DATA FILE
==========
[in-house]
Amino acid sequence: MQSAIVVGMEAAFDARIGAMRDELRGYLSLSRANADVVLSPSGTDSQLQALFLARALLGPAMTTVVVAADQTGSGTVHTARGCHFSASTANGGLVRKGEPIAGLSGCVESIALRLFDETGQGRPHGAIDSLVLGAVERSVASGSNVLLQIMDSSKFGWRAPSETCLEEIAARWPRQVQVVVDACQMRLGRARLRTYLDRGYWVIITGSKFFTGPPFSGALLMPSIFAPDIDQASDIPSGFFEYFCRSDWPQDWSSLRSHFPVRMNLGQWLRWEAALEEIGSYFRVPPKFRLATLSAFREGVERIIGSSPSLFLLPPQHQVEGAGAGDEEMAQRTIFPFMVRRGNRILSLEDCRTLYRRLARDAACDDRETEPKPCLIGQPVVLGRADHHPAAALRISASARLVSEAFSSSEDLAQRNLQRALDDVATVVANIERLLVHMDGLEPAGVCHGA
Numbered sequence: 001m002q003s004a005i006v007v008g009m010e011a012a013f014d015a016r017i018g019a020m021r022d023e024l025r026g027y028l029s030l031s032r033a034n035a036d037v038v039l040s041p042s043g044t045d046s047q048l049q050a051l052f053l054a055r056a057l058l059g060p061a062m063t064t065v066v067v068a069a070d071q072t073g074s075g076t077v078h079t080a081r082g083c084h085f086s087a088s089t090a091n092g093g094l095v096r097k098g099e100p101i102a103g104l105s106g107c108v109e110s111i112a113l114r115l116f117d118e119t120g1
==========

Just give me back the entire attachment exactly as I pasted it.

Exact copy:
[in-house]
Amino acid sequence: MQSAIVVGMEAAFDARIGAMRDELRGYLSLSRANADVVLSPSGTDSQLQALFLARALLGPAMTTVVVAADQTGSGTVHTARGCHFSASTANGGLVRKGEPIAGLSGCVESIALRLFDETGQGRPHGAIDSLVLGAVERSVASGSNVLLQIMDSSKFGWRAPSETCLEEIAARWPRQVQVVVDACQMRLGRARLRTYLDRGYWVIITGSKFFTGPPFSGALLMPSIFAPDIDQASDIPSGFFEYFCRSDWPQDWSSLRSHFPVRMNLGQWLRWEAALEEIGSYFRVPPKFRLATLSAFREGVERIIGSSPSLFLLPPQHQVEGAGAGDEEMAQRTIFPFMVRRGNRILSLEDCRTLYRRLARDAACDDRETEPKPCLIGQPVVLGRADHHPAAALRISASARLVSEAFSSSEDLAQRNLQRALDDVATVVANIERLLVHMDGLEPAGVCHGA
Numbered sequence: 001m002q003s004a005i006v007v008g009m010e011a012a013f014d015a016r017i018g019a020m021r022d023e024l025r026g027y028l029s030l031s032r033a034n035a036d037v038v039l040s041p042s043g044t045d046s047q048l049q050a051l052f053l054a055r056a057l058l059g060p061a062m063t064t065v066v067v068a069a070d071q072t073g074s075g076t077v078h079t080a081r082g083c084h085f086s087a088s089t090a091n092g093g094l095v096r097k098g099e100p101i102a103g104l105s106g107c108v109e110s111i112a113l114r115l116f117d118e119t120g1